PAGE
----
Today is the one-hundred and forty-third anniversary of Canada’s Confederation and the formal birth of the country’s federal political system. And instead of waving the flag in a perfunctory fashion (yes, I know the Queen is visiting), I’d like to wave it in distress over the present dysfunction in our federal politics by briefly singling out four serious issues in… Read more »
Sean Kheraj Last week the federal government tabled its long anticipated copyright reform legislation for first reading in the House of Commons. The Copyright Modernization Act or Bill C-32 attempts to overhaul many of the out-dated provisions of Canada’s copyright law that have fallen far behind major technological changes of the last thirty years. For instance, under the proposed legislation,… Read more »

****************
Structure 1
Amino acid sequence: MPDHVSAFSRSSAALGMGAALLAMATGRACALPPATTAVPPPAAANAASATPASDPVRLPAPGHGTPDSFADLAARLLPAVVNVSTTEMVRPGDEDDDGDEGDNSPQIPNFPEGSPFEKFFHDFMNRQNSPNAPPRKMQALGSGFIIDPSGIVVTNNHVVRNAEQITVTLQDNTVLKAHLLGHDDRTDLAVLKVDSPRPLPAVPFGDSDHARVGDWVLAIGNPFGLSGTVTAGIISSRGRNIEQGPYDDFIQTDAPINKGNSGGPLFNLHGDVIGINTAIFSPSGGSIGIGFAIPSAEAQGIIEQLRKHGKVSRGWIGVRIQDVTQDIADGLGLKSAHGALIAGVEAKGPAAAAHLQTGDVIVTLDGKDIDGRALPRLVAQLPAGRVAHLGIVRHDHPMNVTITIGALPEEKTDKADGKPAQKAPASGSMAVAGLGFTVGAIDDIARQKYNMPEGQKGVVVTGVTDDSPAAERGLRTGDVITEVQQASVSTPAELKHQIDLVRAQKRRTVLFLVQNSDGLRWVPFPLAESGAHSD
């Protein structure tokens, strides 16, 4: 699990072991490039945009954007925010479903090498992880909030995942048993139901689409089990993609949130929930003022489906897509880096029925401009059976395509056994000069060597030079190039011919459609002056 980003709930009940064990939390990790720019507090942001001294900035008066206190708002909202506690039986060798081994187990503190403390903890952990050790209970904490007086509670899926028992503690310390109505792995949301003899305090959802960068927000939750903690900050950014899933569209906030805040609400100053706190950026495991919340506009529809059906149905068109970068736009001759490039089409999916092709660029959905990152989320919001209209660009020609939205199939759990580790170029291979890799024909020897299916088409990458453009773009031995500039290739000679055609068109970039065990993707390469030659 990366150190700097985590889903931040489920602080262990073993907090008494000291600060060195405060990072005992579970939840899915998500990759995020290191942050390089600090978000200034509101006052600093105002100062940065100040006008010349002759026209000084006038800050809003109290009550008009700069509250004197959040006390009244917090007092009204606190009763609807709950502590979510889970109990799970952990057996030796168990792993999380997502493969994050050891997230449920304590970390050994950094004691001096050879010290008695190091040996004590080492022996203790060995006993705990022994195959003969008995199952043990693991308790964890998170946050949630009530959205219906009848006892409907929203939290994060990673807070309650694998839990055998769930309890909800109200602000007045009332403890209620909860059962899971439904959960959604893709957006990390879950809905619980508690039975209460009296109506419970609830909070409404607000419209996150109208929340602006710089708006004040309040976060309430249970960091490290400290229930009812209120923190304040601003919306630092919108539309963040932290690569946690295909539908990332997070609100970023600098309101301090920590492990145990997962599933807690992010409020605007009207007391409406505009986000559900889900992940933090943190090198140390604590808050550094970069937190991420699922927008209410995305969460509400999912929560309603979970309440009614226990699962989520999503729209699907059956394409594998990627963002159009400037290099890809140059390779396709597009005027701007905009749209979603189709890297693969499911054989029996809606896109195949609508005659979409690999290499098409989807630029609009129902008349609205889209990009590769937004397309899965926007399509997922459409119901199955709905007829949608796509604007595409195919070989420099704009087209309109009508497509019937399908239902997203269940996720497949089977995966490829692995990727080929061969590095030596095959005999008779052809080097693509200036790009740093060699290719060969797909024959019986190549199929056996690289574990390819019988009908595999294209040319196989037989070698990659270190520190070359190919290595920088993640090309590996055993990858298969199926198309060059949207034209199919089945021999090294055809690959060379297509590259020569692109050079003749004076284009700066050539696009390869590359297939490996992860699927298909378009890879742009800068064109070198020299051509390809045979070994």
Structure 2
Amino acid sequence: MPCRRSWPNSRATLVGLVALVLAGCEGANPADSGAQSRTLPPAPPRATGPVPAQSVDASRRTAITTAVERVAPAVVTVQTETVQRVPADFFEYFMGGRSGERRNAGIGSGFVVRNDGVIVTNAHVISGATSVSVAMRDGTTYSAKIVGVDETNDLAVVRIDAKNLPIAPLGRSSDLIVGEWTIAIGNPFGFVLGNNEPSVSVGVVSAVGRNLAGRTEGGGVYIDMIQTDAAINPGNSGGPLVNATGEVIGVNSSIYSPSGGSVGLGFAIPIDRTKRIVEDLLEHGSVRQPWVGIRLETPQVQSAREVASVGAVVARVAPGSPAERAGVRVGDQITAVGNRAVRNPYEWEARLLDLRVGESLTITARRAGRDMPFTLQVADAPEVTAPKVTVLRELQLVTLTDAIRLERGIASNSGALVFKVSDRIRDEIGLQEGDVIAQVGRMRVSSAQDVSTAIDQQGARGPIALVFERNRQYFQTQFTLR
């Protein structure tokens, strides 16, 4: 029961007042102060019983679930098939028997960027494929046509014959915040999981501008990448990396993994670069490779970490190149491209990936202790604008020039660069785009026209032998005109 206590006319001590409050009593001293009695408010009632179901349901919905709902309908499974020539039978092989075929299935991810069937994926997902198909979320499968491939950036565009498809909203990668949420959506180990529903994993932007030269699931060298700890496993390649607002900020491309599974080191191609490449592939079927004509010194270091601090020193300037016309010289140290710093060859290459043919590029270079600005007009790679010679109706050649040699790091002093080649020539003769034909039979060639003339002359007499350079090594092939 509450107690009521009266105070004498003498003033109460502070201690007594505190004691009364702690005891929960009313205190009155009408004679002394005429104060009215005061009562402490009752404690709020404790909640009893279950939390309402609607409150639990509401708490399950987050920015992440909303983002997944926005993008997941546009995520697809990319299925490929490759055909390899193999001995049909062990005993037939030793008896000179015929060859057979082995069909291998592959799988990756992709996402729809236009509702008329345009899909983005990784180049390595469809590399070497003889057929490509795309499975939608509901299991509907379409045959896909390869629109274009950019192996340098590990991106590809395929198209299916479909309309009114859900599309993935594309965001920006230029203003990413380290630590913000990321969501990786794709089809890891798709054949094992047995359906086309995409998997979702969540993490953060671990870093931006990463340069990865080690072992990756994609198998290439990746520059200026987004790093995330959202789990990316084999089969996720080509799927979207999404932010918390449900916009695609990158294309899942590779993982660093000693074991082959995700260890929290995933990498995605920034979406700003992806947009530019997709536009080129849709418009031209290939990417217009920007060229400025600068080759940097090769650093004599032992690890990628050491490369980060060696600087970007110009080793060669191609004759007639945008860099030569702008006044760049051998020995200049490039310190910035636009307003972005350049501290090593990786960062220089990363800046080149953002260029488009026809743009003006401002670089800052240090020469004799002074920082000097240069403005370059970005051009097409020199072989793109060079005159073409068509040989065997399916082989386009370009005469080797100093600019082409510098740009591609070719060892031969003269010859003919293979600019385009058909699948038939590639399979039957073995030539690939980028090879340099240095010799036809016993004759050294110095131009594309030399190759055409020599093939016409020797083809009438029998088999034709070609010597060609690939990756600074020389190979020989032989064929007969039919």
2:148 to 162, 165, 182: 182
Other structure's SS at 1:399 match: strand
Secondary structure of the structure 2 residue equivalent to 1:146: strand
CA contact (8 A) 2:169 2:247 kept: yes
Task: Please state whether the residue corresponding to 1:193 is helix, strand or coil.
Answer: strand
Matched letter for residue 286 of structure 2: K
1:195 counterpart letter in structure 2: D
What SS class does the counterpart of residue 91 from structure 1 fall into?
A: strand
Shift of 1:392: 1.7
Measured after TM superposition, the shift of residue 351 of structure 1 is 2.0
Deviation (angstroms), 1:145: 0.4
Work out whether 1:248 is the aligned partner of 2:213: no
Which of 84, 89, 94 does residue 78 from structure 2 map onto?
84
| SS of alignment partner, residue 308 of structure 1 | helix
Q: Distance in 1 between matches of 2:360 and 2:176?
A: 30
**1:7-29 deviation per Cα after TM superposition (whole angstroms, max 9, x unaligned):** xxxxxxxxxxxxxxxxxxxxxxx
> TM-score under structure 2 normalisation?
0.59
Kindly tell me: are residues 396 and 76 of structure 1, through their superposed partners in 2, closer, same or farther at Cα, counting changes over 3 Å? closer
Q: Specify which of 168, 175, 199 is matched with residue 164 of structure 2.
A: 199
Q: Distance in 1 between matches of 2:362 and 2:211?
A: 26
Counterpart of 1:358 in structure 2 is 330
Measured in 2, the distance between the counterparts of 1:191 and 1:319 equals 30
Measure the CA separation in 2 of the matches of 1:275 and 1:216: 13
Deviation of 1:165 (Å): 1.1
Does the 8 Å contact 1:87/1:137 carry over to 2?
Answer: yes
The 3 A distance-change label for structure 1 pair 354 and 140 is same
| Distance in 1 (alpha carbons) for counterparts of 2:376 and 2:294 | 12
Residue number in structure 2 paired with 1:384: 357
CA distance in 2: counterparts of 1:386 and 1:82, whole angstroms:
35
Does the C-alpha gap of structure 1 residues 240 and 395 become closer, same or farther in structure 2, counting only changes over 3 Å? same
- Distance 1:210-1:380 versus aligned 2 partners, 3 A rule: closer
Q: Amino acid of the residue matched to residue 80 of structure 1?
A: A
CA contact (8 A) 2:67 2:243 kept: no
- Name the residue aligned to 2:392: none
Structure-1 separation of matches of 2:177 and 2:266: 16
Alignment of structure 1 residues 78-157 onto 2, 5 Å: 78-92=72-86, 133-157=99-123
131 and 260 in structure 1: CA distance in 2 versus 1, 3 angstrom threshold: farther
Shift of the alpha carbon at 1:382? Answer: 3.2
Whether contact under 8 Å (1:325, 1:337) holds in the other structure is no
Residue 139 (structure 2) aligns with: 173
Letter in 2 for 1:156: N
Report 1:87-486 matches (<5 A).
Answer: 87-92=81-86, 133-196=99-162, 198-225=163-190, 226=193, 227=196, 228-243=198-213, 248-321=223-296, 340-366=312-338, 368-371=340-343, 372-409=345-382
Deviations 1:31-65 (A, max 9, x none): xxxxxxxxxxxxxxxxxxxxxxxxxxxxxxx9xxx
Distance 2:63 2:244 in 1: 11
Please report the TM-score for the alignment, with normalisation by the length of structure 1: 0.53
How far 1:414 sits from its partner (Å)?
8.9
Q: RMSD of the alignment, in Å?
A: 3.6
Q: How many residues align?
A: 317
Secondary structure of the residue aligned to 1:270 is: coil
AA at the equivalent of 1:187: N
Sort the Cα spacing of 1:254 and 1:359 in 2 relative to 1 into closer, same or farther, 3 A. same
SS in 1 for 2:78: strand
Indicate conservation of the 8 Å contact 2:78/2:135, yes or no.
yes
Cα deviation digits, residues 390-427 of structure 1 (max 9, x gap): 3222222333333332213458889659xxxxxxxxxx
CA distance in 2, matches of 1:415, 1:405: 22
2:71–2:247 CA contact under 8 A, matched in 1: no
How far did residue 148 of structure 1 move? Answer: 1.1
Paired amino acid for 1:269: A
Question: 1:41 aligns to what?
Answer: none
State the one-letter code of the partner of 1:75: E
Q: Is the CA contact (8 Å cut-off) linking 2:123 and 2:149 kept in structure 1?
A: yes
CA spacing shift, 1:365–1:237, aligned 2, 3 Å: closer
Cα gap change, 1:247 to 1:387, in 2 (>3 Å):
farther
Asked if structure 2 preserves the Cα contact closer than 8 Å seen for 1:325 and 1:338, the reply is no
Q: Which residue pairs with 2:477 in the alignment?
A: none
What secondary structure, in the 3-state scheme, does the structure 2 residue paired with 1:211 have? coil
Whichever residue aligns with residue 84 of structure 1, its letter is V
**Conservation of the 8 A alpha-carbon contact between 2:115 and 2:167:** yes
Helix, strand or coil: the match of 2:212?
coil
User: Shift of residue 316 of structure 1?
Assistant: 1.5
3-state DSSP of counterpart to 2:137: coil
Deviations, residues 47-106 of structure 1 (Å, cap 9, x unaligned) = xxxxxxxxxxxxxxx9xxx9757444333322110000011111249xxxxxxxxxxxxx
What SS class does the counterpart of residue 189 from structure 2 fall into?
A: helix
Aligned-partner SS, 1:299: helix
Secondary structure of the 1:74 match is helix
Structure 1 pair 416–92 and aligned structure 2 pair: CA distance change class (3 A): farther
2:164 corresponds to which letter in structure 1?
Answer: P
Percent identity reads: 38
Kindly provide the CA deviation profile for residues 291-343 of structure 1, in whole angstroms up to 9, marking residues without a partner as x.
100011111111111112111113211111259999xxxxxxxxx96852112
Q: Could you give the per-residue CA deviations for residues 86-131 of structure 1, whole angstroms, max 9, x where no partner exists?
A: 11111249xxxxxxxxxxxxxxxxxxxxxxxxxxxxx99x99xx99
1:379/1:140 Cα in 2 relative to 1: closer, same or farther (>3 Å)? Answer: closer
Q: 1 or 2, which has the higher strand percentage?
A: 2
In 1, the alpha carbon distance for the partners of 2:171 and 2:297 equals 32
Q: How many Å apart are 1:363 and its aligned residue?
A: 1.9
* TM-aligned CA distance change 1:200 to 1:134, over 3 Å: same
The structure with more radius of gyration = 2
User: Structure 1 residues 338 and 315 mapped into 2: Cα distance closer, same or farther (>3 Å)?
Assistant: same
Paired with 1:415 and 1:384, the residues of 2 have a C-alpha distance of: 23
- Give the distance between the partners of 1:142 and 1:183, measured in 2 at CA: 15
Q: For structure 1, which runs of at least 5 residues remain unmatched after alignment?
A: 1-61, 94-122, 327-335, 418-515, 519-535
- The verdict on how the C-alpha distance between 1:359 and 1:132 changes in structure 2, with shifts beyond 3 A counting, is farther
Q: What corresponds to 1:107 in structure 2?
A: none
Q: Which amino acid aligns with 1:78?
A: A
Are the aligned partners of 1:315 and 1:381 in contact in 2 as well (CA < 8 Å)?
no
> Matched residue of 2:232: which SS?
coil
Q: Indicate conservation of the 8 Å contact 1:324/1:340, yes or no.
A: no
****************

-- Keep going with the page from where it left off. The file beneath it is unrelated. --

Last week we have two great posts by Tom and Alix on historians engaging with current issues and the value of “thinking with history” for policy development. Both these post brought to mind a project in New England that I learned about at an environmental history conference a few years ago. The Wildland and Woodlands campaign is to protect 70%… Read more »
The recent changes to the ‘standards’ for history textbooks in Texas go right to the heart of academics and their legitimacy as historians.
Alix Green In my role as an adviser on policy for a university Vice-Chancellor, the UK equivalent of President, perhaps my most important job is to ask our leader to ‘tell me the story’ when he’s consulting me on some issue or another. It seems to me that universities, along with many public sector institutions, are not always able, or inclined,… Read more »
As a former British colony, Canada abolished the slave trade over 200 years ago. However, slavery was certainly not eradicated with the legal abolition of the slave trade. Canadians still buy and sell human beings.